After going 3-13 and finishing last in the NFC North for the third straight year last season, Chicago Bears head coach John Fox remains optimistic about his team’s outlook for 2017, telling reporters Wednesday he believes the Bears are in “striking distance” of turning things around in the Windy City.
“Going back to a lot of the changes, we’ve had a lot of change,” Fox said, via CSN Chicago. “I think we’re better for it. Unfortunately, you can’t walk around with your chest out about that because of our record the last two years. But I have total confidence, and (Bears GM Ryan Pace) has done an outstanding job and will continue to.
“I understand you have to win. And I finally feel like we’re in striking distance.”
The most interesting thing the introspective Fox shared was that he figured the Bears would have done better to this point. He was hailed for his quick fixes in Denver and Carolina, and that hasn’t materialized here.
“You do always look back,” Fox said. “Obviously there are always things that in hindsight you would change. I think all of us sitting here would look back at things we’ve done and consider that. It’s kind of been what I thought it would be. Other than that, I would have thought that we would have done better to this point. But I kind of still feel really positive and encouraged for where we’re headed. I just saw it happening a little bit faster.”
Fox has worked with Pace to turn over the roster. Of the 78 players on the roster, 13 remain from the previous regime. By the time Week 1 of the season rolls around, that number should be in single digits. That’s standard. When Andy Reid went to training camp in his second season with the Chiefs, there were only 16 players remaining from previous regimes.
“We spent two years basically flipping this roster,” Fox said. “And I’ve mentioned before, from the oldest roster in the National Football League to one of the youngest. But we’ve been subtracting. Even last year with changing guys out like Matt Forte and Robbie Gould, even that’s erasing. Now, finally, I think we’re in a position where I think we can add.”
The biggest add the Bears made this offseason was in the quarterback room, replacing Jay Cutler with Mike Glennon, a move that turned some heads earlier this month when they gave the former Tampa Bay Buccaneer a three-year, $43.5 million deal despite him throwing 11 passes last year and not attempting a pass in 2015.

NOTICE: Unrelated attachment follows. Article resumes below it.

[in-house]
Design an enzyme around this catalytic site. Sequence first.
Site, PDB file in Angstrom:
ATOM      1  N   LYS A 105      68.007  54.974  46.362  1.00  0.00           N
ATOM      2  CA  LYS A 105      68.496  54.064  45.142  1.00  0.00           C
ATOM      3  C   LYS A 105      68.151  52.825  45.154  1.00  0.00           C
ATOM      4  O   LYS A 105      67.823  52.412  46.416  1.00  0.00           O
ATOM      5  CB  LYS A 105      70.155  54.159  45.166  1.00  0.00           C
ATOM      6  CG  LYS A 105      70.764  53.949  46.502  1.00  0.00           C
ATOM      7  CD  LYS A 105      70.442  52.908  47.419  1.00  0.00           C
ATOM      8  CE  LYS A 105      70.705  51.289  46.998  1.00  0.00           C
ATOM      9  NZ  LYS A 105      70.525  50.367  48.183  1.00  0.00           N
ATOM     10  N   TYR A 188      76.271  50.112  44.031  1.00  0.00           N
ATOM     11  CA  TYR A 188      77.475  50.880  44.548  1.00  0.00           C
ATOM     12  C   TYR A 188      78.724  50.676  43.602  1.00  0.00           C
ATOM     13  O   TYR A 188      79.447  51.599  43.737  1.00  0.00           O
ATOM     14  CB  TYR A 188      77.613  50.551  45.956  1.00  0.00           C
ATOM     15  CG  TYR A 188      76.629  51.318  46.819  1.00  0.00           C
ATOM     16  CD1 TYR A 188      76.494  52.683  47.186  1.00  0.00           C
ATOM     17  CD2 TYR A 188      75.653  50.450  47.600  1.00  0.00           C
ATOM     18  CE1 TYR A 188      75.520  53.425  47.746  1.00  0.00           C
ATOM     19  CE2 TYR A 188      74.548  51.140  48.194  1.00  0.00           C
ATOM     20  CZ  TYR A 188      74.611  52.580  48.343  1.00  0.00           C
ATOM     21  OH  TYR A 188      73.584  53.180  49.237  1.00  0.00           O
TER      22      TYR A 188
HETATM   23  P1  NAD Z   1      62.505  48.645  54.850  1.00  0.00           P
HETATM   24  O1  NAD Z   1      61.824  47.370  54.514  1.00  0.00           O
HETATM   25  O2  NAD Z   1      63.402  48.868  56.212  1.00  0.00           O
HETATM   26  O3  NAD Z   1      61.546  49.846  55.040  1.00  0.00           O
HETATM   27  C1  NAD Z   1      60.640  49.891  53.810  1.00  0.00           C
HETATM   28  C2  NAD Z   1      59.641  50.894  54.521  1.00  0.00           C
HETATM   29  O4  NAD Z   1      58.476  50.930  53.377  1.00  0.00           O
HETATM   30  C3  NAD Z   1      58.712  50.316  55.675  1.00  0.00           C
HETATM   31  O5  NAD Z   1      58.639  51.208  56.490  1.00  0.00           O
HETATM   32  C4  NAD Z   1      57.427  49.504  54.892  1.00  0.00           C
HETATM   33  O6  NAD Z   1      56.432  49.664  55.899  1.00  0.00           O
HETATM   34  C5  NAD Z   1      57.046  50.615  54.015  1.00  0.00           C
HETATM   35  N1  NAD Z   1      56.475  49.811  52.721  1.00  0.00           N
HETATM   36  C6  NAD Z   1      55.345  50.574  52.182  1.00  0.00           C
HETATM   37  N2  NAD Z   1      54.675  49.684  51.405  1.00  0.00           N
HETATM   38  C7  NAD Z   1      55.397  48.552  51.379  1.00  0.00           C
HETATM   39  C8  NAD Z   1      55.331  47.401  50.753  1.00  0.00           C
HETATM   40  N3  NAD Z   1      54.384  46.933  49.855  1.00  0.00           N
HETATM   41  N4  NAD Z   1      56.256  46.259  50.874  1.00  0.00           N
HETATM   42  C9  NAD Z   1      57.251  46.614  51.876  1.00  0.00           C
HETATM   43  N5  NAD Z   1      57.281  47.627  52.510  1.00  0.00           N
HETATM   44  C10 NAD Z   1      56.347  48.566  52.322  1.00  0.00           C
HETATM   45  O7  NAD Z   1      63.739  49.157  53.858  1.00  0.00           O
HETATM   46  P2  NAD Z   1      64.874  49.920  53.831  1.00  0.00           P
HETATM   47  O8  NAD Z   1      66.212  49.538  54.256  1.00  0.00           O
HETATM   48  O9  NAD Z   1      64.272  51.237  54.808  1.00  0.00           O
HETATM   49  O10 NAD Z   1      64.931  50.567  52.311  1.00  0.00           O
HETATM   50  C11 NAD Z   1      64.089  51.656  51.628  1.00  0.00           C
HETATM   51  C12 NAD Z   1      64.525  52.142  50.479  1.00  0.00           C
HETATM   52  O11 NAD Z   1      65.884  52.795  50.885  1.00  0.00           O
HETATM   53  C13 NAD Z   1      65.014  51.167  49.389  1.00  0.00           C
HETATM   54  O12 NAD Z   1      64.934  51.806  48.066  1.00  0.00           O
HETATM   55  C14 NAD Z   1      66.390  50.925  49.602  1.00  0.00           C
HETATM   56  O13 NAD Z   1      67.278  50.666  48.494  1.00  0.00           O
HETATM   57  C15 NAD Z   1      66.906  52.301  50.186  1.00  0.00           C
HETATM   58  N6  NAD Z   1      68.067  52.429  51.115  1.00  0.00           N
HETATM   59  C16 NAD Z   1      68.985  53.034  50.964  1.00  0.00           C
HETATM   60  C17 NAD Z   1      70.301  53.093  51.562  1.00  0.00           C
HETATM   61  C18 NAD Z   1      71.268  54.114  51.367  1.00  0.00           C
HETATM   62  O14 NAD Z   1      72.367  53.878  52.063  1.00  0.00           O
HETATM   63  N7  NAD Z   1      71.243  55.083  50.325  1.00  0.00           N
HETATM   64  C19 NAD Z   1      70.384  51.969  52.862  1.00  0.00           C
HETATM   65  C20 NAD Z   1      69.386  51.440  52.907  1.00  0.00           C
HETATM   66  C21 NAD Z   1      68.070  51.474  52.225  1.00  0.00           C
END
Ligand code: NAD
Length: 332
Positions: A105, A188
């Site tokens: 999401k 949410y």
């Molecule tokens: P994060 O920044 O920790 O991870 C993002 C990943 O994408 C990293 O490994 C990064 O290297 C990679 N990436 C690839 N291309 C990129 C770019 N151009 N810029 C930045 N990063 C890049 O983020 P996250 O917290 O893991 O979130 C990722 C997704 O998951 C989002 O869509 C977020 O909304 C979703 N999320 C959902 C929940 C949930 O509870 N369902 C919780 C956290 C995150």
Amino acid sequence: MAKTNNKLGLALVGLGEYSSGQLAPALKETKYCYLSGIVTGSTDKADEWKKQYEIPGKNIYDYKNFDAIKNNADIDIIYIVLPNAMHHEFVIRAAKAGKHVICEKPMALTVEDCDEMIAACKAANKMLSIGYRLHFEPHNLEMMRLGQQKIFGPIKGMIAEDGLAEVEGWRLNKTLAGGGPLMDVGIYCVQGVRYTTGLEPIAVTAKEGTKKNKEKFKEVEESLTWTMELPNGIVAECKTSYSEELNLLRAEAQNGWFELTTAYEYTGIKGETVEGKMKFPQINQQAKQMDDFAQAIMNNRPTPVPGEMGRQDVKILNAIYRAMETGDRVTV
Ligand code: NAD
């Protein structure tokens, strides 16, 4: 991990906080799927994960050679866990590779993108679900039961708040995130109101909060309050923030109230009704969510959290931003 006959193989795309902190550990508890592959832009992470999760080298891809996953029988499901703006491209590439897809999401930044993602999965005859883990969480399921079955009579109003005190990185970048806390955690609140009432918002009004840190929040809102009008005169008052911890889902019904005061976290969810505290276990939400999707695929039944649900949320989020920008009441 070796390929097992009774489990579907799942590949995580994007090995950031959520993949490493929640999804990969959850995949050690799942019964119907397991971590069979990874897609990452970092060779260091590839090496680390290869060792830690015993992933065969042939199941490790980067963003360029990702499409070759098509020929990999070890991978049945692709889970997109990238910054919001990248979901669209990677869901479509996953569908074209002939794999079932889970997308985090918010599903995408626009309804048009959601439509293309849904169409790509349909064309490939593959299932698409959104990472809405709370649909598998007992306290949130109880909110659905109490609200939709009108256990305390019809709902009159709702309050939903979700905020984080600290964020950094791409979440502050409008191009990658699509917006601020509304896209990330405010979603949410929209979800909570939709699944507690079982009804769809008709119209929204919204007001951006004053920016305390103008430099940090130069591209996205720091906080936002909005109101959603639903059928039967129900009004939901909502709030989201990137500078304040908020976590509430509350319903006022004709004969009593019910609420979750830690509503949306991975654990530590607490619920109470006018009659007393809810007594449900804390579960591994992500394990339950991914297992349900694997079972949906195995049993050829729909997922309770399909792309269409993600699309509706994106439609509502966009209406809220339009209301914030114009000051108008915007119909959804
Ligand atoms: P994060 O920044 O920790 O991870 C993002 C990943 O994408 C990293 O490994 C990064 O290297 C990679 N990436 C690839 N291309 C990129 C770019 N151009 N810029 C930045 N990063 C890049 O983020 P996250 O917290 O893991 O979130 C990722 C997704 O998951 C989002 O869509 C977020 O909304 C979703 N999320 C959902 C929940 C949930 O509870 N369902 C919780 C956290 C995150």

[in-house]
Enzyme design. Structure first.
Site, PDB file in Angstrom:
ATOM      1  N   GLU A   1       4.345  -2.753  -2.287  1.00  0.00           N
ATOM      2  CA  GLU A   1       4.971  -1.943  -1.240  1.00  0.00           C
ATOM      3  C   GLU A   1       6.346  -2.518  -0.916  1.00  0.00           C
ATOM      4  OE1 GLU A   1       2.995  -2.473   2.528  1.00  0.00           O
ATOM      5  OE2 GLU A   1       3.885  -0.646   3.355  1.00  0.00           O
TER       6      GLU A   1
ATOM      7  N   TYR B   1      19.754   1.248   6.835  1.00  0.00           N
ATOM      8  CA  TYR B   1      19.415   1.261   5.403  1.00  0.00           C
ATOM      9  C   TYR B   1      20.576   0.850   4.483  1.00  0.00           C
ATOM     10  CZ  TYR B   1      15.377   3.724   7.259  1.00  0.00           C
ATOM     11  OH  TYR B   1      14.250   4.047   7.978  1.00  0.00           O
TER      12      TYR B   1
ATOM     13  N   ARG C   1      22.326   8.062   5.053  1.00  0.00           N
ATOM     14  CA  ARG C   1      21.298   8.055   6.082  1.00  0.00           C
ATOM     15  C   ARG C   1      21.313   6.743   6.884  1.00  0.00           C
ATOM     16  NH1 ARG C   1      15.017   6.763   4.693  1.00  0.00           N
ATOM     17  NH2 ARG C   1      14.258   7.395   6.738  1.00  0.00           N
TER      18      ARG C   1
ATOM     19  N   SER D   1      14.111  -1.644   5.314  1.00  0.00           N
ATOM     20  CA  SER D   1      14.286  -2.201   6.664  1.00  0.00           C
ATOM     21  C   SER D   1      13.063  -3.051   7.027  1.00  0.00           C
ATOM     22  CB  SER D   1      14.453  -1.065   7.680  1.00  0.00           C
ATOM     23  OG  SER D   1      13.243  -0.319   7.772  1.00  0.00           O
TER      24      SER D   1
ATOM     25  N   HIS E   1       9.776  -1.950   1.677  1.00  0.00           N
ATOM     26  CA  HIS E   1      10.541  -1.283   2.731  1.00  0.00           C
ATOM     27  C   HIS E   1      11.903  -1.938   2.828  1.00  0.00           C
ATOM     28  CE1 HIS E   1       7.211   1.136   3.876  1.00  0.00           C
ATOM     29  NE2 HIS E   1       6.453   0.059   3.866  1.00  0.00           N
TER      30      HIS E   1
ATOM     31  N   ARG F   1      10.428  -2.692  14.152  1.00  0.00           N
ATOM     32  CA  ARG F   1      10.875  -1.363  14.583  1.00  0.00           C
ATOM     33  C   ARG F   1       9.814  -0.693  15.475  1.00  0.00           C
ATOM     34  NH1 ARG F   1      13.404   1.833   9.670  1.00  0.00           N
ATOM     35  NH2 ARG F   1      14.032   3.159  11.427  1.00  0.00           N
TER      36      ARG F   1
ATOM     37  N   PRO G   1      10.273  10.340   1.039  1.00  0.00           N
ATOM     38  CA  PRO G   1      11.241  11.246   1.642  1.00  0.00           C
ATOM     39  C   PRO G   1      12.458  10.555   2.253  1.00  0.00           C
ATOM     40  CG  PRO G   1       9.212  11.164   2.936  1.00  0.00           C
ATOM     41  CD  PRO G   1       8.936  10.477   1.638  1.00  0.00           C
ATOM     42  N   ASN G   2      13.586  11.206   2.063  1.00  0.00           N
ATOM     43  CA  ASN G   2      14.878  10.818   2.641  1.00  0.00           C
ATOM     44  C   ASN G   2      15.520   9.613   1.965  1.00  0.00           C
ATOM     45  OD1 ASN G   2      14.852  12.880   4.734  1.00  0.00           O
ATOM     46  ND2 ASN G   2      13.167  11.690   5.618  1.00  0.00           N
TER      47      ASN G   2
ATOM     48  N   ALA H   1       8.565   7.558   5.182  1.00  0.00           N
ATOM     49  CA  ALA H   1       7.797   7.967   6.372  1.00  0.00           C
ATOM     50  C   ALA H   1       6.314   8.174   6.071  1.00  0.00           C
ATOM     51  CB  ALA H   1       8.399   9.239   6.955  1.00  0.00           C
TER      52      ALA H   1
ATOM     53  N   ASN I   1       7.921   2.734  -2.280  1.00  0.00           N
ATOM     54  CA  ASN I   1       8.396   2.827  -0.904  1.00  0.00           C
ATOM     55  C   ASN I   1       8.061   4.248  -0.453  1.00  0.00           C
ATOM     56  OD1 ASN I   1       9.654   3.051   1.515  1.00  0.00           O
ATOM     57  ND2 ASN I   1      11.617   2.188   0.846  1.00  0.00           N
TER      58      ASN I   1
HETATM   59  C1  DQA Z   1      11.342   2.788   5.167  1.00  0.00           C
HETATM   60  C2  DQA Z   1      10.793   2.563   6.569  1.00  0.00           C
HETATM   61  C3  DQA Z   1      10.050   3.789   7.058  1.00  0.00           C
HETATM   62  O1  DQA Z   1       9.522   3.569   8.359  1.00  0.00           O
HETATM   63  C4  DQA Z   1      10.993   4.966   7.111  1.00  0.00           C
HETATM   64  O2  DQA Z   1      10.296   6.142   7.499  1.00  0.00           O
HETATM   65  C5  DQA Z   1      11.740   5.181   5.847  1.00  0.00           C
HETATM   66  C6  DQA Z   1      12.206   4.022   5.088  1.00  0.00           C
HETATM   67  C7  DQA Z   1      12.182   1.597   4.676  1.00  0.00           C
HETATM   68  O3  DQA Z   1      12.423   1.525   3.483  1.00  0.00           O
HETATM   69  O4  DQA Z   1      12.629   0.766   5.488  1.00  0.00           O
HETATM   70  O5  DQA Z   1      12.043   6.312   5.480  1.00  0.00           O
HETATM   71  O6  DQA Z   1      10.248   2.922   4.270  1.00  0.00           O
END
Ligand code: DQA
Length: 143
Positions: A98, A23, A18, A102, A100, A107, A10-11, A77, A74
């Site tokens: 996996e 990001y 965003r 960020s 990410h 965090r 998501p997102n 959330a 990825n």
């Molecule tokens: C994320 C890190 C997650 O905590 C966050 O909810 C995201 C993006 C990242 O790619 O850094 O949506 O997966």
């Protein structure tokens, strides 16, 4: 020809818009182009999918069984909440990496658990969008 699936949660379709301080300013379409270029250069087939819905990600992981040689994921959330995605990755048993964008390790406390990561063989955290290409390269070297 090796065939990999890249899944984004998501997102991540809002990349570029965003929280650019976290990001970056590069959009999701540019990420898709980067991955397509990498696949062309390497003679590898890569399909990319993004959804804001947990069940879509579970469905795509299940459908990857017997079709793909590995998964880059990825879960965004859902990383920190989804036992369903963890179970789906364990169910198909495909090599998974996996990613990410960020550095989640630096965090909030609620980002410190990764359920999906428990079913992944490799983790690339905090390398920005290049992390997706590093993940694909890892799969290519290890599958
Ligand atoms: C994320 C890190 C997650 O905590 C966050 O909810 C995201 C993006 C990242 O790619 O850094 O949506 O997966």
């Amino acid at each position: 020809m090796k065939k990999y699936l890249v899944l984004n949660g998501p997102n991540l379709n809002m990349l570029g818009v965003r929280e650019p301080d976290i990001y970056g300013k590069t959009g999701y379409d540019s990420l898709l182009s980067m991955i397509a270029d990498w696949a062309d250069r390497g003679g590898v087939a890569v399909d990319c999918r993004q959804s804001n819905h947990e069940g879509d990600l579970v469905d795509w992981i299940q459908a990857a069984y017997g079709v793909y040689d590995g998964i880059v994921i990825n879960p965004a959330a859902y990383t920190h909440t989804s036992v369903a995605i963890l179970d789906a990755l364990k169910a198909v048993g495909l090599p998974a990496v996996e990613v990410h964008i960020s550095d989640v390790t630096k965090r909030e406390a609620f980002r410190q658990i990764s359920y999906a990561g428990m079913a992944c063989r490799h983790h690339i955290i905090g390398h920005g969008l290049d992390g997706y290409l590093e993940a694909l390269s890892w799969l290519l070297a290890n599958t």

But Fox understands that it’s a bit of risk anointing Glennon as his starter before the start of training camp.
“It’s a leap of faith to some degree,” Fox said. “But I think you do that in a lot of different positions and evaluations of personnel and people. The big thing with him is that he has been in NFL football games. He has been in a lot of systems and around different players and personalities, and I think he’s handled it well.”
Glennon started 13 games in his rookie season and threw for 2,608 yards with 19 touchdowns and nine interceptions. Conventional wisdom would have suggested he be the starter again in 2014, but the Buccaneers brought in Josh McCown, forcing Glennon to start just six games in his second season. He finished the 2014 season with 1,417 passing yards with 10 touchdowns and six interceptions.
Additionally, the Bears also cut ties with receiver Alshon Jeffery but signed Kendall Wright and Markus Wheaton to fill the void. Both wideouts do not have the same track record as Jeffery, but both are relatively young and still possess some upside.
Fox said at the end of the season he believed the roster needed “eight to 10 guys” to make a push. Between a busy free-agent period and the upcoming draft, they should have about that many new starters.
“We’ve had a lot of change,” Fox said. “I think we’re better for it. Unfortunately you can’t walk around with your chest out about that because of our record the last two years.
“As you reflect back and you understand this league, there are not too many teams that — other than if they have the eraser — are really consistently good. This league is like this (a roller-coaster) every year. It can fluctuate very quickly and very fast. I’m encouraged.”
Fox, who is 9-23 since taking over as head coach in Chicago, is entering the third year of his four-year deal.